it’s not official quite yet, but it’s a subtle thread that weaves through bigger and bigger contract negotiations and deals – a prospect from the Minnesota Wild Center who was here and embraced by heaps of hype made his expected trip to North America and joined the organization. As reported by Michael Russo, Alex Khovanov is expected to join the Wild after clarifying some passport and visa requirements for him to move from Russia to the state of hockey.

I’m sure that’s what blocks it when it comes to crossing the border, but luckily the Wild have already locked it down to their entry-level deal, signing the three-year deal in 2019. One an was able to slide thanks to him. was playing for the Moncton Wildcats in the QMJHL, but once he was loaned overseas to the Russian leagues and turned 20, it burned a year’s contract. So it makes sense to be able to take a closer look at the player as he soaks up those years of contract, and hopefully he will be there in time for training camp.

Khovanov sort of got lost in the reshuffle, having people like Matt Boldy and Marco Rossi surpassing the fan base’s excitement since he was drafted in the third round of the 2018 NHL Draft, but he was once considered a very important hope when we all had a cabinet here full of lost picks and an aging NHL roster.

Before going too far, what kind of player is Khovanov?

Who is he?

At 5-foot-11, Khovanov is certainly not an undersized center or a towering striker, just a perfectly average height, but he’s also not the type to provoke more physics than any particular game. does not require it. His main focus is his ability to play, always looking for teammates in the open areas of the ice and more dangerous scoring chances than if he were trying to take the shot open to him.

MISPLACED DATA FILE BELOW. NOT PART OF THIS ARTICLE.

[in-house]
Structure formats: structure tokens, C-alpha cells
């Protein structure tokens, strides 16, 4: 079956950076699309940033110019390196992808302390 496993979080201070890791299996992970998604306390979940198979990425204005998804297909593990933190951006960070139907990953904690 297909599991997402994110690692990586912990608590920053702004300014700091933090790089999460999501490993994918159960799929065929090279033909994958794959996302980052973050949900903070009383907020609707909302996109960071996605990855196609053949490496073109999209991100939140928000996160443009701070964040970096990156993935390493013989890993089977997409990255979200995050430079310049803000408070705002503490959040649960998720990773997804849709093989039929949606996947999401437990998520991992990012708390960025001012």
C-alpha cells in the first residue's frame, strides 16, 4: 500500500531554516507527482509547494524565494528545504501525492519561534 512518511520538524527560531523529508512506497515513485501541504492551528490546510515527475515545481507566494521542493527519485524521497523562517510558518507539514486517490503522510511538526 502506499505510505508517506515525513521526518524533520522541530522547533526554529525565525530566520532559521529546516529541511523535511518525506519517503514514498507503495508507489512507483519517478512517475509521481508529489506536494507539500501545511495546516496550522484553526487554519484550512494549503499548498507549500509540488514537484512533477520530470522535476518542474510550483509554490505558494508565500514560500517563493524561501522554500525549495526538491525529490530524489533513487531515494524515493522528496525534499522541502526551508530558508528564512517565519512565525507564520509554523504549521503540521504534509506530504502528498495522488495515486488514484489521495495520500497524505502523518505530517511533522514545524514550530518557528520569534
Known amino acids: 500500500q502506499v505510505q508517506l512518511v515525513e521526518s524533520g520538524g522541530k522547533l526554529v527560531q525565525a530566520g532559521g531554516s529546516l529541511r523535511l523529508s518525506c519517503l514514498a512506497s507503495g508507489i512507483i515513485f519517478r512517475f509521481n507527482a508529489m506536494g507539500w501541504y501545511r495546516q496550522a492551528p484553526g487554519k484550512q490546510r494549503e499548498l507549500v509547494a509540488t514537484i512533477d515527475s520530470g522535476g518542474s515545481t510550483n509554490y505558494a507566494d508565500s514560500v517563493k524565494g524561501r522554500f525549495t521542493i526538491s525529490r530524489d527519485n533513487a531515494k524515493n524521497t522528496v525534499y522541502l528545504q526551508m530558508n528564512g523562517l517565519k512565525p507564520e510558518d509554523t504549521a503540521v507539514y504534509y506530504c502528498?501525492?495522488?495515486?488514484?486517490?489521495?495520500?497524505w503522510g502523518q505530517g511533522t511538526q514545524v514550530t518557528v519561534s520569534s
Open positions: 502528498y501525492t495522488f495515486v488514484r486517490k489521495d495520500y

I’m sure everyone read a screening report on Khovanov the minute it was written by the Wild, but he’s honestly someone who has been kind of lost during pandemic season. Having cut short his final year in the QMJHL – where only Alexis Lafrenière, first overall pick in 2019, scored more points than him in the entire league – he returned to his native Russia in the Ak Bars Kazan system. He was able to start at the top level, making seven appearances, gaining more and more ice time with each game (he had only three minutes of YOU in his first game and had over 16 in his sixth) . The only problem was he didn’t get any points, but given he was moving up the roster it’s hard to see why he was dropped for the rest of the year, but he was. .

While in the VHL (mostly Russian AHL), Khovanov put in a full performance, scoring eight goals and 24 points in 30 games, earning the second most points per game among U21 players. last season.

Even at the other end of the ice, Khovanov was able to progress decently. Instead of becoming a one-way magnet like he would have been in juniors, there are now different aspects and dynamics to his game.

There’s no cemented player mold that Khovanov can be at the top level – or you can read Kyle’s blog about the player in our Top 25 Under 25 rankings to get a feel for his future – but he certainly has. skills that can take him through the professional level here. His ability to dribble the puck through opponents in small areas on the ice and have the vision to rack up a few passes and get solid scoring opportunities for his teammates is something that can help him.